What, where, when and how to eat are only part of the picture. Lasting transformation happens requires downtime. This is why sleep matters.
Why Does Sleep Matter?
It’s a fact. Good sleep habits make you healthy. According to the Centers for Disease Control and Prevention (CDC), insufficient sleep is a public health problem.
Studies indicate that people who experience a low quality or quantity of sleep are at an increased risk for lifestyle diseases and health problems such as:
- Diabetes and obesity
- An overall reduced quality of life
- Decreased productivity
For some, it encourages eating at night when you should be resting.
How Much Sleep Do We Need?
For the average adult, 7 – 9 hours is considered a sufficient amount to aid the body in its regenerative activities. When sleep is deep and restorative, blood pressure drops, muscles relax, energy is restored and tissue growth and repair occurs. A lot is going on when the mind is at rest. Plus, we’re too busy relaxing to over-eat.
What Keeps Us Awake?
So, you’re getting ready for bed but your brain is wide awake. “I should just keep working, maybe I should clean my desk instead, or unload the dishwasher, or wash that one last load of clothes, or finish writing that paper, or change the oil in my car ….” In that split second when your head hits the pillow and your eyelids become droopy, you snap awake and stare at the ceiling. You pray that tonight the endless chatter in your head will cease. You long for uninterrupted slumber. Know that feeling? We all do.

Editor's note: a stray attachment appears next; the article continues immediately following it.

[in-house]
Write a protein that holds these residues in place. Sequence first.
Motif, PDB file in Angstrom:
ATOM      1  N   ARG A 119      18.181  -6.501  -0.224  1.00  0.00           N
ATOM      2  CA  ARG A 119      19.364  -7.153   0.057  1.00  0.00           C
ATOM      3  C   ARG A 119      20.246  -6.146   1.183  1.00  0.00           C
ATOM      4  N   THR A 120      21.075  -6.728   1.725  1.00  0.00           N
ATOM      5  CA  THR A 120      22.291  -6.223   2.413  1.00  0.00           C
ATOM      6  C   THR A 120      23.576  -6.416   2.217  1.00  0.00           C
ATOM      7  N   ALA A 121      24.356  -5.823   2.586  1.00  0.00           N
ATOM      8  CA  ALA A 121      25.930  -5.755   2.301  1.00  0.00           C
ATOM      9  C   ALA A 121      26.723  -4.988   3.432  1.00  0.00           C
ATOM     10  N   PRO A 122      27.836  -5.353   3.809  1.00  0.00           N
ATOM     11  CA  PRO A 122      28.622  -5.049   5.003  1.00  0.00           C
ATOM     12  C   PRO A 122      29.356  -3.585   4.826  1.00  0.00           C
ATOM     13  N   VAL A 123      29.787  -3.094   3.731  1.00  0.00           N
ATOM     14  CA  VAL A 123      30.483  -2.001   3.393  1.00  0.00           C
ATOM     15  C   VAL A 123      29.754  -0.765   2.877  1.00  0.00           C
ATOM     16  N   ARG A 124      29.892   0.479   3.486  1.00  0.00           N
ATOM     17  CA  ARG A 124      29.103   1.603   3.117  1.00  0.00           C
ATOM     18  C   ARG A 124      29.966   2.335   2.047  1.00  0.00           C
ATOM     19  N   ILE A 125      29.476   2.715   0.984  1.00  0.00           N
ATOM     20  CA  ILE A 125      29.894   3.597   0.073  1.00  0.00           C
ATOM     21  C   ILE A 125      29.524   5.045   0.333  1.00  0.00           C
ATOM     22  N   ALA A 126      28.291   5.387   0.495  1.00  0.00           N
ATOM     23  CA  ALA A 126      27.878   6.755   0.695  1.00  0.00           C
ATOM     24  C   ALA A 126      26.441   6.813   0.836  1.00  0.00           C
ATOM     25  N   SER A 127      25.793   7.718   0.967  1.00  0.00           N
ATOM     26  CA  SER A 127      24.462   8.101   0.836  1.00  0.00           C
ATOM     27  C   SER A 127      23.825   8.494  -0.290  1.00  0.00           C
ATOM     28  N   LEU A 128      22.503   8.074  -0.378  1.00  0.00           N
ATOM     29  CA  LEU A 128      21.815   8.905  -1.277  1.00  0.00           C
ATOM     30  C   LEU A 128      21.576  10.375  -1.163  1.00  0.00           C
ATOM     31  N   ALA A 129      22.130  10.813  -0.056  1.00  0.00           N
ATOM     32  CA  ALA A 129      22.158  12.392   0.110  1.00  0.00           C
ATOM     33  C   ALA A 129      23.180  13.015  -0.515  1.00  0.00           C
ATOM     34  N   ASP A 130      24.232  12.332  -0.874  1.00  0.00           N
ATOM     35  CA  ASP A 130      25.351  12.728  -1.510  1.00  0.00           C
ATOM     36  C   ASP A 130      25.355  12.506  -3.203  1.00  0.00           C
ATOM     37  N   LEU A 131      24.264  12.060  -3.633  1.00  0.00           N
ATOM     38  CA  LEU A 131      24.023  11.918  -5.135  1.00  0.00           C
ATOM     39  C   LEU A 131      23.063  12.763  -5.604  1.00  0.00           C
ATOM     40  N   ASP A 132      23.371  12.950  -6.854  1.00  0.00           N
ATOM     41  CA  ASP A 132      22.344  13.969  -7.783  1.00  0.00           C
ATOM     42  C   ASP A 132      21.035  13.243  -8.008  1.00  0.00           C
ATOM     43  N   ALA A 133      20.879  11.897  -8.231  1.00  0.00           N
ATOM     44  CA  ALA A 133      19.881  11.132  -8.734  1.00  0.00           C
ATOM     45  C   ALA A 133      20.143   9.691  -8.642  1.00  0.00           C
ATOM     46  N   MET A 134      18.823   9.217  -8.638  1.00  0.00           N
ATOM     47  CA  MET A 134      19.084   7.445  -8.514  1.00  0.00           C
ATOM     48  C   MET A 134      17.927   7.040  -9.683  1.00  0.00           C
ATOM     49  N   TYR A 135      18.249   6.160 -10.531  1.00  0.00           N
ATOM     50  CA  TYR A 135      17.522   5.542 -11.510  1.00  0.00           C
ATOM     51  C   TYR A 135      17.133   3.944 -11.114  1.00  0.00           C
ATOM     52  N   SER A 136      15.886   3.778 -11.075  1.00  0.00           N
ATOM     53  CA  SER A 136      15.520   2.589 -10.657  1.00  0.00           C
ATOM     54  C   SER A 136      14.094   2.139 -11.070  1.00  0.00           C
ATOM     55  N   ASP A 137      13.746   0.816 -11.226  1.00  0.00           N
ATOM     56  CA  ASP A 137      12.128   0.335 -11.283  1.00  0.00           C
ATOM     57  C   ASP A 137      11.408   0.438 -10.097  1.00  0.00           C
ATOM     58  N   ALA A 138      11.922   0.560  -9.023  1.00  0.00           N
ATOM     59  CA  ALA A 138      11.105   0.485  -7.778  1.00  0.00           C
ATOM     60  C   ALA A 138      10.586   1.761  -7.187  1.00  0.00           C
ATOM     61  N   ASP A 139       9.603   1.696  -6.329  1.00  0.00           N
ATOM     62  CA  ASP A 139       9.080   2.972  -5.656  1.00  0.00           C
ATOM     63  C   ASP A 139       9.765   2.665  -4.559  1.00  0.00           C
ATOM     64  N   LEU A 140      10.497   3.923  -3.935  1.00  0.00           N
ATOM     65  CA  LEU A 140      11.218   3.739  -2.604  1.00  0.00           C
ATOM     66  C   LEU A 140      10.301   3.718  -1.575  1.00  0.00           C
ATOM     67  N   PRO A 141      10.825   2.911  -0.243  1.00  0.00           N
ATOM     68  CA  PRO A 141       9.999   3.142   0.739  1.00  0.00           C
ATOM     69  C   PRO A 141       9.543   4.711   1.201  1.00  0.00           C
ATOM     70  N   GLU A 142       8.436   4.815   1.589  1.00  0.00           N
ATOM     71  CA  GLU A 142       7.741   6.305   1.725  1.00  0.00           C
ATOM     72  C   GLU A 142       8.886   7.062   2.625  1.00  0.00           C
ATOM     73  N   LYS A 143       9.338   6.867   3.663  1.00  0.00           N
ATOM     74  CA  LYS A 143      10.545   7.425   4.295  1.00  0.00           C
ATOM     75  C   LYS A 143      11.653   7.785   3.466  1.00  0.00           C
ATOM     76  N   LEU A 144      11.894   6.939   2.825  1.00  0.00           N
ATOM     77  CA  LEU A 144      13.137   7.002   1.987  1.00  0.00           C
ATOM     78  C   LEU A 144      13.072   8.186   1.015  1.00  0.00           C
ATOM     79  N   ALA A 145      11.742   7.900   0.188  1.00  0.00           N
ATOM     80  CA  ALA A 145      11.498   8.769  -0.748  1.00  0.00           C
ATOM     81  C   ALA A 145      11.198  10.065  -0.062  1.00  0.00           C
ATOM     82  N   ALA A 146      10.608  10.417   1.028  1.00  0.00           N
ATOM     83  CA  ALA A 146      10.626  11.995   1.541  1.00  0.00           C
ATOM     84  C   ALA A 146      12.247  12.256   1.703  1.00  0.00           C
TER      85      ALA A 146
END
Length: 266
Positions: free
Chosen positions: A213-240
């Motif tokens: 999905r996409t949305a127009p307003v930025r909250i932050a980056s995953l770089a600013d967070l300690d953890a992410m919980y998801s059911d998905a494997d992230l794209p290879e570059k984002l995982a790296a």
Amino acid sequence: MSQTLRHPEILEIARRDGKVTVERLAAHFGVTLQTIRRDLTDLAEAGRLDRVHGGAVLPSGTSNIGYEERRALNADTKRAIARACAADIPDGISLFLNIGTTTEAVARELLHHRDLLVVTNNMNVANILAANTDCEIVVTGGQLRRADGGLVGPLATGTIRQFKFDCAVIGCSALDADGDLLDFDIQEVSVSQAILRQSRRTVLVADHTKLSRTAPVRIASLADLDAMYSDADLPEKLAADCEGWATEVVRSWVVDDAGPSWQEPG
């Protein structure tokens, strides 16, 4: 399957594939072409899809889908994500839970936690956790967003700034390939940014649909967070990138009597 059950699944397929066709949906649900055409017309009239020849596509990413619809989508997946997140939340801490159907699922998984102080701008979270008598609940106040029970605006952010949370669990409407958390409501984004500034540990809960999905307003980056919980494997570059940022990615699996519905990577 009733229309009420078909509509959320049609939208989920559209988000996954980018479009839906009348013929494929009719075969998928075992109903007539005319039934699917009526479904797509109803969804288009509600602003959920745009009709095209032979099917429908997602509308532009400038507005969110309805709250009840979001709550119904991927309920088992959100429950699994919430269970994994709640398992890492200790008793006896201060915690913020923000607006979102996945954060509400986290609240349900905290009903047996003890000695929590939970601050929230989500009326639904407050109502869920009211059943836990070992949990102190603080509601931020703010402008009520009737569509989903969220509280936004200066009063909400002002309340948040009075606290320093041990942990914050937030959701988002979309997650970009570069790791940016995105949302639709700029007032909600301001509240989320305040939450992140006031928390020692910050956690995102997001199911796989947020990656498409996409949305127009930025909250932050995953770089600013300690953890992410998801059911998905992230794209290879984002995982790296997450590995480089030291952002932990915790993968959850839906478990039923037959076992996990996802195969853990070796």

A Physical Change Occurs
The constant chatter of worry, stress and anxiety that fills your mind at bedtime acts to turn on the hormone, cortisol. Cortisol is counterproductive to a lifestyle of rejuvenation and healing because it is released as part of the fight-or-flight response. When your mind is distracted with excessive thoughts, your body is tense and ready to respond in a manner that is unfavorable to sleep. When you relax and slow down, you stop producing so much cortisol and sleep is yours!
How To Calm Down
Like oral hygiene, sleep hygiene requires a commitment to routine. Avoiding caffeine, alcohol, nicotine and large meals close to bedtime have been shown to improve sleep. Unplugging electronics can take the form of no television in the bedroom or simply powering down a kindle, ipad or smartphone in the hour before bedtime. Your task is to do something of great difficulty: RELAX!
Breathe And Reset Your Thoughts
Silence the chatter with this calming routine:
- Connecting to your breath. Breathe in for 4 counts and breathe out for six. Merely counting your breaths gives your mind something calming to do.
- Relax your jaw.
- Un-crinkle your forehead.
- Get comfortable.
- Focus on gratitude. Focus on what you have accomplished, not what is left to get done.
Make it a habit to reflect on five things you are grateful for as part of your bedtime routine. When you adopt an attitude of gratitude, you are opening yourself to having more of what you want … like uninterrupted, restorative sleep.
Are personal problems like addiction or family dysfunction keeping you awake? Recovery Guidance provides a free list of therapists and counselors in your area.